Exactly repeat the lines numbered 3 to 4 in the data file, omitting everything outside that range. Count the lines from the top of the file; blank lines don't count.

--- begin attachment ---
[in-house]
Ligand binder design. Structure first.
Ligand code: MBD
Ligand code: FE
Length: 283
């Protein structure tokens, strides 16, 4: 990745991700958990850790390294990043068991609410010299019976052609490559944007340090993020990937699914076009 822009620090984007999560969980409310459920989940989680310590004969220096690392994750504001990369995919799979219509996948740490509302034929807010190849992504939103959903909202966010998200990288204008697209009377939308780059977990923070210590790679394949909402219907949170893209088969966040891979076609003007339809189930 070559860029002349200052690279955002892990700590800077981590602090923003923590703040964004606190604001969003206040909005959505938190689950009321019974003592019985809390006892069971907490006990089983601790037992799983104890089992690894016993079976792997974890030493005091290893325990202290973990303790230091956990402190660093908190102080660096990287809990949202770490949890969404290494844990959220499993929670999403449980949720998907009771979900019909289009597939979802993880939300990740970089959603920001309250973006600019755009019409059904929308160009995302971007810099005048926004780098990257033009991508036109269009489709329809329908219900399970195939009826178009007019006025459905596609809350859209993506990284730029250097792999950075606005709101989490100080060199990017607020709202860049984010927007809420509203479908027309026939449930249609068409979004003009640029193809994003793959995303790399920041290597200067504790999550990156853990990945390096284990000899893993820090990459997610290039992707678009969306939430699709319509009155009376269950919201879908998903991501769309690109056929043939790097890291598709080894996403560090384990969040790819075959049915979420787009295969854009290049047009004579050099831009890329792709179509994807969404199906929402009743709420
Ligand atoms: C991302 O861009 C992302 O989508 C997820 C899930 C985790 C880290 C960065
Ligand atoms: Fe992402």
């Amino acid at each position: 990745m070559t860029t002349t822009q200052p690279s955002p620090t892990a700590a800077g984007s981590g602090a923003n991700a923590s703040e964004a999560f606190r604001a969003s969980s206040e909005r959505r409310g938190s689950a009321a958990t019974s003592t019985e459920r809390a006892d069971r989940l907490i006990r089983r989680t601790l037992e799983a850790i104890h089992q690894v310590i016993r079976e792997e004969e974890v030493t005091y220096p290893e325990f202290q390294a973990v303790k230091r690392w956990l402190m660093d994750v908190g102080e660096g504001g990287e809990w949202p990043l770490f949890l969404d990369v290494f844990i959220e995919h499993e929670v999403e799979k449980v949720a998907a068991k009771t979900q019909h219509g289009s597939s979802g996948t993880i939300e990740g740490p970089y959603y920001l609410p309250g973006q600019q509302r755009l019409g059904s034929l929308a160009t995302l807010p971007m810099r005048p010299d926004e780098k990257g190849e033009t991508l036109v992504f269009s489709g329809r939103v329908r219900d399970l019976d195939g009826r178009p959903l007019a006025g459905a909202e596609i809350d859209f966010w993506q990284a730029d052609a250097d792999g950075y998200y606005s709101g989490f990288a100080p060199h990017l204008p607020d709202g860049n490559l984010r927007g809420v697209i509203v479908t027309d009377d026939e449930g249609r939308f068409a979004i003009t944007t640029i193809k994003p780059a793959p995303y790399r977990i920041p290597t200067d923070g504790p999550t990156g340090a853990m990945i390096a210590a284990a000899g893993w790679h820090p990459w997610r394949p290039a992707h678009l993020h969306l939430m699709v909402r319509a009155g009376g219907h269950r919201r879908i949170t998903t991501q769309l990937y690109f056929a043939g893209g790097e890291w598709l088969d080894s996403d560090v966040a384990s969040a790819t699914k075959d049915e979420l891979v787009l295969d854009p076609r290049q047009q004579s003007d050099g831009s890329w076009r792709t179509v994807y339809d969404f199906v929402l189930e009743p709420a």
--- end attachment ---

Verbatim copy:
Ligand code: MBD
Ligand code: FE